Mario often feels like poetry in motion, a cheery pinball in plumber’s dungarees forever boinging around brightly-coloured environments. In 1990’s Super Mario World, he is specifically on a mission of mercy, criss-crossing Dinosaur Land to save Yoshi’s pals from Bowser’s malicious forces. In the three decades since its release, strategy guides and walkthroughs have pored over every pixel to unlock Super Mario World’s secrets. But no-one has ever written anything about it quite like If All The World And Love Were Young, the debut collection by young Stephen Sexton. This slim volume takes Yoshi’s House as the unlikely embarkation point for a dizzying journey into memory, imagination and gut-punch grief.
When Sexton was a nine-year-old growing up in Belfast in the mid-1990s, his mother was diagnosed with cancer, triggering a cycle of treatment, convalescence and recurrence that understandably upended the family’s usual domestic routines. Like many kids his age, Sexton was playing a lot of Super Nintendo at the time. In an introductory note, he pinpoints the catalyst for If All The World And Love Were Young as a literal snapshot from that era, a photograph Sexton’s mother had taken of him hunkered in front of the family’s boxy vintage telly, a “cross-legged meditant” engrossed in his console. Who could blame him for looking for escape when everything suddenly seemed so uncertain?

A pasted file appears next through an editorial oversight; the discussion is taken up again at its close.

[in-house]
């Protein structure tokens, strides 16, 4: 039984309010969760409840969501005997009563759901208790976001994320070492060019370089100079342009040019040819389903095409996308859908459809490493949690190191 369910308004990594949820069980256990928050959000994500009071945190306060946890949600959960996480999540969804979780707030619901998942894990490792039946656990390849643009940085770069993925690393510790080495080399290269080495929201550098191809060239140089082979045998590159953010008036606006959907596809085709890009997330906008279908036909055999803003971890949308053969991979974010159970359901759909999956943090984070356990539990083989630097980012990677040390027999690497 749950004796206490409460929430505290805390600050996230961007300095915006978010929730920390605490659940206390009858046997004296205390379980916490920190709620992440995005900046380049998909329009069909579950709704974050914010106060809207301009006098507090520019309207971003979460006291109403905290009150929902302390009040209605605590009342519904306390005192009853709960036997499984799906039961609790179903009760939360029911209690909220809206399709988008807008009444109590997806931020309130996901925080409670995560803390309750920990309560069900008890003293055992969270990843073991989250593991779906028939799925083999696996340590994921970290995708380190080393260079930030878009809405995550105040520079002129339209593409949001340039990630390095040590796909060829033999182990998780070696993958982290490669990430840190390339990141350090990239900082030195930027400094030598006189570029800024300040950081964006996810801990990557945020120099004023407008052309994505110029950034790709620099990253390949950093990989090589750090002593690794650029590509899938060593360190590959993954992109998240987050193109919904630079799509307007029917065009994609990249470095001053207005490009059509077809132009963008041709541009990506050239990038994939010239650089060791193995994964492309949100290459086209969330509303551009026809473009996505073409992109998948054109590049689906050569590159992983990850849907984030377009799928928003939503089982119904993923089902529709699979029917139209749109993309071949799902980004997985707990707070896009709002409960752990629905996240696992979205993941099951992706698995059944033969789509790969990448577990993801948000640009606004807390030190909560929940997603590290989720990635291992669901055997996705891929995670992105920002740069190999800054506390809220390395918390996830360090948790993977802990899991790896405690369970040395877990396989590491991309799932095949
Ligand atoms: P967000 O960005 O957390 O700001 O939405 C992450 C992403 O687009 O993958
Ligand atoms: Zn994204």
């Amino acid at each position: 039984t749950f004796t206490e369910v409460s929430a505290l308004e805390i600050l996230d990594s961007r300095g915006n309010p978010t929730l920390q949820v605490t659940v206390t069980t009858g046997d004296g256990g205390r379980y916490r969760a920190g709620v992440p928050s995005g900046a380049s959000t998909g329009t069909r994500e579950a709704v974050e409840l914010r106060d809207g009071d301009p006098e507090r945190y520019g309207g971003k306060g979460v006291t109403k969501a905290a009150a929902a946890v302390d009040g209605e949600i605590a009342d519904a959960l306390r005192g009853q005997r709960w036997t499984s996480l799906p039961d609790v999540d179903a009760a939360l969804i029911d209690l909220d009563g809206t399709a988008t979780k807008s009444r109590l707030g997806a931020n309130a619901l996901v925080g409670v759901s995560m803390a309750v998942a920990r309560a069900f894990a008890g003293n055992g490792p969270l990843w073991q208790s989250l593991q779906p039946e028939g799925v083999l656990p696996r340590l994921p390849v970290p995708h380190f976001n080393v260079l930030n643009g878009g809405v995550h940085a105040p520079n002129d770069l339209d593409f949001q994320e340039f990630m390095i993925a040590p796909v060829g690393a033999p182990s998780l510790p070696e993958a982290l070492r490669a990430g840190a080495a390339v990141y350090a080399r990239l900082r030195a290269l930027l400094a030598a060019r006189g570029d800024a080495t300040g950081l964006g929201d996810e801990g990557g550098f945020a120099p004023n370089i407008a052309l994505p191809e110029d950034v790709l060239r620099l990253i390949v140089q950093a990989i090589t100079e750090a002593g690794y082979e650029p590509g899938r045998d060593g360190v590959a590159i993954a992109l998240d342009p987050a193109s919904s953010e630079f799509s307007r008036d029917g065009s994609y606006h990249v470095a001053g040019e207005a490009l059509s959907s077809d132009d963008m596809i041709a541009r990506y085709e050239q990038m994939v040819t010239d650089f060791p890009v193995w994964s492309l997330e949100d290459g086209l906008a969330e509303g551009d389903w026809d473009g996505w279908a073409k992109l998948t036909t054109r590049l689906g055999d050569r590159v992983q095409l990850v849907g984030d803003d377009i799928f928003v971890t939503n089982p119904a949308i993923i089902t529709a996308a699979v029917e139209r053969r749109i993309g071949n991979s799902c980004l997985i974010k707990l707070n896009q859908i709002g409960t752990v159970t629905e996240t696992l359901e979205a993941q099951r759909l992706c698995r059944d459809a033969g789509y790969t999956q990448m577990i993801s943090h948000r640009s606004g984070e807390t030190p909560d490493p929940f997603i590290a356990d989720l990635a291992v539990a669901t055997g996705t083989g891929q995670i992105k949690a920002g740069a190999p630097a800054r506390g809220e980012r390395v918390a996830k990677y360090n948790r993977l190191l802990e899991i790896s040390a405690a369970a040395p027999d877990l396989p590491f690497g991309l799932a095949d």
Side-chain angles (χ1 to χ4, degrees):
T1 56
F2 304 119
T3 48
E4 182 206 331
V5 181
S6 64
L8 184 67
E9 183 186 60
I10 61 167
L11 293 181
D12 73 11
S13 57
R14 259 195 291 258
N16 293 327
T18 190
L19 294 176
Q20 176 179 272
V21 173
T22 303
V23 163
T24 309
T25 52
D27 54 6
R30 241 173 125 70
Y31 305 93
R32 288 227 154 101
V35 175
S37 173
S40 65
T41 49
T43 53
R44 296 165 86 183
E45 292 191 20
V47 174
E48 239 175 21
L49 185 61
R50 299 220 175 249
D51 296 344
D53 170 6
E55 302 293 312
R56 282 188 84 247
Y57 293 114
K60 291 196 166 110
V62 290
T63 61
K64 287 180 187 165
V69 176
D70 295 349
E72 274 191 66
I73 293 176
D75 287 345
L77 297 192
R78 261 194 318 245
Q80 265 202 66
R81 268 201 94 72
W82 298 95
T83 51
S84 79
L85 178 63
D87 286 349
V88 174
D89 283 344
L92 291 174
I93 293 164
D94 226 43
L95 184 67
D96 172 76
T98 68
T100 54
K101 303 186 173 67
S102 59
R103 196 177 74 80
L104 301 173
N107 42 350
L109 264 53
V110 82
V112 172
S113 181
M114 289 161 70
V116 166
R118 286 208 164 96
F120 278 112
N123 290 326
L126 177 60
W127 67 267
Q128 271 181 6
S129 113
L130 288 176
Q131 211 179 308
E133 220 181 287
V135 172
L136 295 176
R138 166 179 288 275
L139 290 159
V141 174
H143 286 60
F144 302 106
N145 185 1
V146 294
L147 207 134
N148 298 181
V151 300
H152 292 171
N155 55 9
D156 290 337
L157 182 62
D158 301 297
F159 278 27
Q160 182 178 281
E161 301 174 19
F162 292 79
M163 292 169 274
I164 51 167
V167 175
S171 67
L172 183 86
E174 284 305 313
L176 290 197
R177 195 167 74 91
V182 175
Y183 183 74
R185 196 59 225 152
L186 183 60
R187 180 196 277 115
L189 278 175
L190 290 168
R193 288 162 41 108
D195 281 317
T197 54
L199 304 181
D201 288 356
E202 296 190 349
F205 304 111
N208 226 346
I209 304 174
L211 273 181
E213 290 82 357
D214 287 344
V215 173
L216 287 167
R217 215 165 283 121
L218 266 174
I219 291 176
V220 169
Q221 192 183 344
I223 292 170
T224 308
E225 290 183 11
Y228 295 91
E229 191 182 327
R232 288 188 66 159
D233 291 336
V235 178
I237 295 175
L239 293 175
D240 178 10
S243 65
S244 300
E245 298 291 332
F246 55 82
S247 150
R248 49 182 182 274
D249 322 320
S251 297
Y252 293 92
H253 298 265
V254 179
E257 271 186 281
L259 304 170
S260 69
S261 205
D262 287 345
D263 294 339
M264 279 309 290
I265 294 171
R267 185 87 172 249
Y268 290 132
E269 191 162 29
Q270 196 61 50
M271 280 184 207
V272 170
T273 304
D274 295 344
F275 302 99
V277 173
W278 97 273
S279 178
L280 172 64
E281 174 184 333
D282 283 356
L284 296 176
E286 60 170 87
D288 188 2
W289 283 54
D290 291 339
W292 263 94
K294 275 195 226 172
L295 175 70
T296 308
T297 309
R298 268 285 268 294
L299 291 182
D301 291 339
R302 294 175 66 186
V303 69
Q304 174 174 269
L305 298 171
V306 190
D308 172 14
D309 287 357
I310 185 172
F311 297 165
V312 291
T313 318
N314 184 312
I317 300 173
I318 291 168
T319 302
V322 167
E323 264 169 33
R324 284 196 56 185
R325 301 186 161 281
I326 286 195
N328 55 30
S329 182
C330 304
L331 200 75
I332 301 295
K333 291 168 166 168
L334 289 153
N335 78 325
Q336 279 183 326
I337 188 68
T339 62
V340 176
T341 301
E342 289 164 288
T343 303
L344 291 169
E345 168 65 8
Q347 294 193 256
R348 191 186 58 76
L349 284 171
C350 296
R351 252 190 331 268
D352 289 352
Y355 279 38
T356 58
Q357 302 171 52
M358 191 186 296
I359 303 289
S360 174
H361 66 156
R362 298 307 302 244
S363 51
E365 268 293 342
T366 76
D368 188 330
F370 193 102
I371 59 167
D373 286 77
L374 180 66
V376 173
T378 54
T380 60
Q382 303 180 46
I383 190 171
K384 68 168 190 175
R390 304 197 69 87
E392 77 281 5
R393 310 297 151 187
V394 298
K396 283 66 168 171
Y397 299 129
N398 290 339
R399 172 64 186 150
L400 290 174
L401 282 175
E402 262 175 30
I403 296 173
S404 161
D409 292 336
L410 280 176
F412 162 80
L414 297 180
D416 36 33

Sexton’s 120-page poem cycle is an act of remembrance and expansion that flows from that one image, mapping the precarious period of his mother’s illness to advancing through the stages of his favourite game. It’s a juxtaposition that has a kernel of absurdity at its heart – fretful meditations on death, delivered in Chocolate Island chunks – but Sexton plays it totally straight. There is nothing as facile as equating ghosts from his past to the spirits floating around the Donut Ghost House or his avatar handily diving into a pipe to flee from reality. Thankfully, there is also no shoutout to Doctor Mario. Instead, his mother’s diagnosis is identified in unsettling detail as “cells which split and glitch”, requiring exposure to “poison” to try and halt its advance.
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